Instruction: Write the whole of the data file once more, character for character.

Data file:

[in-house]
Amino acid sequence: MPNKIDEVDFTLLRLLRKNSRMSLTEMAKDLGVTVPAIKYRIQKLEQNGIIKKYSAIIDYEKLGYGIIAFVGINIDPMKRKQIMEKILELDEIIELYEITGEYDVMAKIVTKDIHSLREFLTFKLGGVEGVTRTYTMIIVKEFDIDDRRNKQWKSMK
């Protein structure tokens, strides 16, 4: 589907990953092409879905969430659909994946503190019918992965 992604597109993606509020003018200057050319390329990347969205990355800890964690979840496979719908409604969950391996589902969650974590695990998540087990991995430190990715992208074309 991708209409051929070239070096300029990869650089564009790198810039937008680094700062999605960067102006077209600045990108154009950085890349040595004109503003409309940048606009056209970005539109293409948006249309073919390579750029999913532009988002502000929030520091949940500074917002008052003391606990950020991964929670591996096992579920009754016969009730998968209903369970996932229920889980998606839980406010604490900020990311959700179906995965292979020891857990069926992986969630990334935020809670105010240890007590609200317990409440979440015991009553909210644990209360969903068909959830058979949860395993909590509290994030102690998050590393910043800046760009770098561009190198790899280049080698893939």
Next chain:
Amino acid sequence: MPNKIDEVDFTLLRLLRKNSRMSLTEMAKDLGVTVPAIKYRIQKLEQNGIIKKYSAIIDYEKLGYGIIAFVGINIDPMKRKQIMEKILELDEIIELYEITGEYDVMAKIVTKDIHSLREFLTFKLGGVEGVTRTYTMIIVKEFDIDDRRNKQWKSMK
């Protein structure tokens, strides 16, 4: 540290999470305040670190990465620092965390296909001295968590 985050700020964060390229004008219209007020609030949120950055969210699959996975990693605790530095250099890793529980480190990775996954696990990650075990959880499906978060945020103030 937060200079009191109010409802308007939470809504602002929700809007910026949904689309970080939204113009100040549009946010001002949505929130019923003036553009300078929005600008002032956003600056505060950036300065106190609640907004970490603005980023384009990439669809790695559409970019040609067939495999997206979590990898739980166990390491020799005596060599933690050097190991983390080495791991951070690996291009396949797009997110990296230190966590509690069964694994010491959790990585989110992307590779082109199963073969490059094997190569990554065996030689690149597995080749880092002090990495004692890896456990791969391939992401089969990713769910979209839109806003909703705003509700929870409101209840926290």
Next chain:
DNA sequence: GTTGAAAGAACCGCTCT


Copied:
[in-house]
Amino acid sequence: MPNKIDEVDFTLLRLLRKNSRMSLTEMAKDLGVTVPAIKYRIQKLEQNGIIKKYSAIIDYEKLGYGIIAFVGINIDPMKRKQIMEKILELDEIIELYEITGEYDVMAKIVTKDIHSLREFLTFKLGGVEGVTRTYTMIIVKEFDIDDRRNKQWKSMK
């Protein structure tokens, strides 16, 4: 589907990953092409879905969430659909994946503190019918992965 992604597109993606509020003018200057050319390329990347969205990355800890964690979840496979719908409604969950391996589902969650974590695990998540087990991995430190990715992208074309 991708209409051929070239070096300029990869650089564009790198810039937008680094700062999605960067102006077209600045990108154009950085890349040595004109503003409309940048606009056209970005539109293409948006249309073919390579750029999913532009988002502000929030520091949940500074917002008052003391606990950020991964929670591996096992579920009754016969009730998968209903369970996932229920889980998606839980406010604490900020990311959700179906995965292979020891857990069926992986969630990334935020809670105010240890007590609200317990409440979440015991009553909210644990209360969903068909959830058979949860395993909590509290994030102690998050590393910043800046760009770098561009190198790899280049080698893939």
Next chain:
Amino acid sequence: MPNKIDEVDFTLLRLLRKNSRMSLTEMAKDLGVTVPAIKYRIQKLEQNGIIKKYSAIIDYEKLGYGIIAFVGINIDPMKRKQIMEKILELDEIIELYEITGEYDVMAKIVTKDIHSLREFLTFKLGGVEGVTRTYTMIIVKEFDIDDRRNKQWKSMK
């Protein structure tokens, strides 16, 4: 540290999470305040670190990465620092965390296909001295968590 985050700020964060390229004008219209007020609030949120950055969210699959996975990693605790530095250099890793529980480190990775996954696990990650075990959880499906978060945020103030 937060200079009191109010409802308007939470809504602002929700809007910026949904689309970080939204113009100040549009946010001002949505929130019923003036553009300078929005600008002032956003600056505060950036300065106190609640907004970490603005980023384009990439669809790695559409970019040609067939495999997206979590990898739980166990390491020799005596060599933690050097190991983390080495791991951070690996291009396949797009997110990296230190966590509690069964694994010491959790990585989110992307590779082109199963073969490059094997190569990554065996030689690149597995080749880092002090990495004692890896456990791969391939992401089969990713769910979209839109806003909703705003509700929870409101209840926290």
Next chain:
DNA sequence: GTTGAAAGAACCGCTCT